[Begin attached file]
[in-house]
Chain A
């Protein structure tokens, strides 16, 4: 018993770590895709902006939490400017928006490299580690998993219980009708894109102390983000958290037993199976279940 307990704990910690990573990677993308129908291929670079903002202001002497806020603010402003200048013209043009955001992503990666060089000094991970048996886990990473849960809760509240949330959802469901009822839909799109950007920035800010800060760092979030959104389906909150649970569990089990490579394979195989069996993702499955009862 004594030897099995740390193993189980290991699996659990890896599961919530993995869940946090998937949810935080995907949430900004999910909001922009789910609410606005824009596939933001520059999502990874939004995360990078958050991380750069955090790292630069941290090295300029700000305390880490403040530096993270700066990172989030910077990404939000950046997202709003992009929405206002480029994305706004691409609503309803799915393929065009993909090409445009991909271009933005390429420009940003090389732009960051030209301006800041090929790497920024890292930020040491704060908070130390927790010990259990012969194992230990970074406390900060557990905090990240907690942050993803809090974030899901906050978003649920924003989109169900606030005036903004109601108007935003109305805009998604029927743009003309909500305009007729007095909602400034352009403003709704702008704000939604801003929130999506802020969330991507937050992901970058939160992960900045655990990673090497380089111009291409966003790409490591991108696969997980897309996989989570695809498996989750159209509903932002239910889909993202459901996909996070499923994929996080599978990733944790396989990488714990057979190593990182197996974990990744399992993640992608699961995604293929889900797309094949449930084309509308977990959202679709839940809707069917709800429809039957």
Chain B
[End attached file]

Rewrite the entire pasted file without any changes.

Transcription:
[in-house]
Chain A
């Protein structure tokens, strides 16, 4: 018993770590895709902006939490400017928006490299580690998993219980009708894109102390983000958290037993199976279940 307990704990910690990573990677993308129908291929670079903002202001002497806020603010402003200048013209043009955001992503990666060089000094991970048996886990990473849960809760509240949330959802469901009822839909799109950007920035800010800060760092979030959104389906909150649970569990089990490579394979195989069996993702499955009862 004594030897099995740390193993189980290991699996659990890896599961919530993995869940946090998937949810935080995907949430900004999910909001922009789910609410606005824009596939933001520059999502990874939004995360990078958050991380750069955090790292630069941290090295300029700000305390880490403040530096993270700066990172989030910077990404939000950046997202709003992009929405206002480029994305706004691409609503309803799915393929065009993909090409445009991909271009933005390429420009940003090389732009960051030209301006800041090929790497920024890292930020040491704060908070130390927790010990259990012969194992230990970074406390900060557990905090990240907690942050993803809090974030899901906050978003649920924003989109169900606030005036903004109601108007935003109305805009998604029927743009003309909500305009007729007095909602400034352009403003709704702008704000939604801003929130999506802020969330991507937050992901970058939160992960900045655990990673090497380089111009291409966003790409490591991108696969997980897309996989989570695809498996989750159209509903932002239910889909993202459901996909996070499923994929996080599978990733944790396989990488714990057979190593990182197996974990990744399992993640992608699961995604293929889900797309094949449930084309509308977990959202679709839940809707069917709800429809039957």
Chain B